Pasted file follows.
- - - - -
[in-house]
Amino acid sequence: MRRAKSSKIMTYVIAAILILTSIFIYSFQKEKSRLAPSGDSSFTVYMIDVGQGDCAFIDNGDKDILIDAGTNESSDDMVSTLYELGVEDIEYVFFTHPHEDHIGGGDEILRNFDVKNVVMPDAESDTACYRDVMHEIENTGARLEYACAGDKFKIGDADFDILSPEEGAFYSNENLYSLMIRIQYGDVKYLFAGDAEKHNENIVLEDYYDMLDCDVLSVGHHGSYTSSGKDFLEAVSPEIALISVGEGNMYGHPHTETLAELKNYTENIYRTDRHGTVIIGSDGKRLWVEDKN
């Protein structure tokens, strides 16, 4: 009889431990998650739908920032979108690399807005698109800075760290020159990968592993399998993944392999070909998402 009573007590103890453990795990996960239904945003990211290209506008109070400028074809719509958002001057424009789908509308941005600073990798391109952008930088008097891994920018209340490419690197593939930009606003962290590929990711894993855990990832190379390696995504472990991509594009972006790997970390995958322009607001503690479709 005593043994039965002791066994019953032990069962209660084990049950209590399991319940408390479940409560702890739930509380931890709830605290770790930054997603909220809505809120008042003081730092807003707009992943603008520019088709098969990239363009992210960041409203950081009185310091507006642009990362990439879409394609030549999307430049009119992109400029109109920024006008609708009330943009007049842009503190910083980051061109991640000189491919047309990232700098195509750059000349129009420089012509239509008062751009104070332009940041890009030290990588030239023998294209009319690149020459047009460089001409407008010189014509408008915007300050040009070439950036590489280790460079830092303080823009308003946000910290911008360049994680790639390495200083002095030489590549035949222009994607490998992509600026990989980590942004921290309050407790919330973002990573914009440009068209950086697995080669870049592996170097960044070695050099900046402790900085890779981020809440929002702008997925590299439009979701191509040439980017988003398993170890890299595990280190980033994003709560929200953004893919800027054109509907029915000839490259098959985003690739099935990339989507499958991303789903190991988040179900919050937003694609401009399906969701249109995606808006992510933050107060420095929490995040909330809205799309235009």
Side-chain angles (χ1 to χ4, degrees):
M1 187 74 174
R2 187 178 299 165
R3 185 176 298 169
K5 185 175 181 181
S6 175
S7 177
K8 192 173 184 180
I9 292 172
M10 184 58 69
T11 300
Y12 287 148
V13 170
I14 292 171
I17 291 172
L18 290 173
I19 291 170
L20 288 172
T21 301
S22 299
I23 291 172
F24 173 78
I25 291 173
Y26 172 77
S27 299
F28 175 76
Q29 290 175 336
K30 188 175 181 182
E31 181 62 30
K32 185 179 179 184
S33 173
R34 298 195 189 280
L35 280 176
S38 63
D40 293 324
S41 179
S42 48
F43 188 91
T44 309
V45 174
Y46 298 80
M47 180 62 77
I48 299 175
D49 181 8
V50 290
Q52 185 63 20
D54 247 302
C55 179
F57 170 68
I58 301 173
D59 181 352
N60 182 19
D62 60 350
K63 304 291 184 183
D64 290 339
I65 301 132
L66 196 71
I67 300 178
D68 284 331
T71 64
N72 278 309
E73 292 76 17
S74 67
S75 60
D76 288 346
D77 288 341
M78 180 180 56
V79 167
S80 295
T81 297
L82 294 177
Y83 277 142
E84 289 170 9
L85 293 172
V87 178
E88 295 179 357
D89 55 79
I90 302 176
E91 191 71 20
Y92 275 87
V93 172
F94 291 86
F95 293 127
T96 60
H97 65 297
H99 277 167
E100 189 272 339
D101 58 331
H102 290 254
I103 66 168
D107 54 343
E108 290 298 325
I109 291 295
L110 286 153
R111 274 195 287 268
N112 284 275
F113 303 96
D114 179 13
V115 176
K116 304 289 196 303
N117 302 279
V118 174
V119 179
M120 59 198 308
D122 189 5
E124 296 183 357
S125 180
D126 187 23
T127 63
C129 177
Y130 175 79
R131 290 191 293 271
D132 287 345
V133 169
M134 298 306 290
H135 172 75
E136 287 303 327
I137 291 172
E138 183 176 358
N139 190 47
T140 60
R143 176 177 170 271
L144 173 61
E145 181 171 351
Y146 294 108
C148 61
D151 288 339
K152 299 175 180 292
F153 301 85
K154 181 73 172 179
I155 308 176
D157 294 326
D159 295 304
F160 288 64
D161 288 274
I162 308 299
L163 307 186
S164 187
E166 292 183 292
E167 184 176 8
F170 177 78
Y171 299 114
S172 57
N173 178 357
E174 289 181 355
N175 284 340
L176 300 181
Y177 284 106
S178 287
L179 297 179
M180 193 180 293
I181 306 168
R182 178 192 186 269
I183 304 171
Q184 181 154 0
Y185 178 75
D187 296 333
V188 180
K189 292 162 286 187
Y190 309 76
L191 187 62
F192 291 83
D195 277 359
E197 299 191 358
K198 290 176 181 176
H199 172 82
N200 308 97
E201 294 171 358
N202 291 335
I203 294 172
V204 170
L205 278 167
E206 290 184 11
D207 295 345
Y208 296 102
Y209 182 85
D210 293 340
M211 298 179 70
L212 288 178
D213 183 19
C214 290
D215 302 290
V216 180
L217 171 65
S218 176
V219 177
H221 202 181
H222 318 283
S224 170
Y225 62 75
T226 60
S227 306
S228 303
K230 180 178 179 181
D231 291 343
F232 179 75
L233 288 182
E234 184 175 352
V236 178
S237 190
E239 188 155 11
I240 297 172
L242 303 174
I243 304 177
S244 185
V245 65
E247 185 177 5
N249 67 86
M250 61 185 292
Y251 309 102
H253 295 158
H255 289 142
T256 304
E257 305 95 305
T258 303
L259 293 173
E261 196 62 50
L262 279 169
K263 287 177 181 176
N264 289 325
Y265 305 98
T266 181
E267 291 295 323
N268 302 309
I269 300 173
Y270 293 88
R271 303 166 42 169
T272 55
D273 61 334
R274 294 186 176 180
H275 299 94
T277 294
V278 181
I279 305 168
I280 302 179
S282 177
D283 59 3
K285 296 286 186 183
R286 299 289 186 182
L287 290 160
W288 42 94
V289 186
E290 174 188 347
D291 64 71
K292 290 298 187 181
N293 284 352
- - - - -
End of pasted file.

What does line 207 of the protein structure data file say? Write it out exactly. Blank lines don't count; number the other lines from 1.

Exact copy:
I243 304 177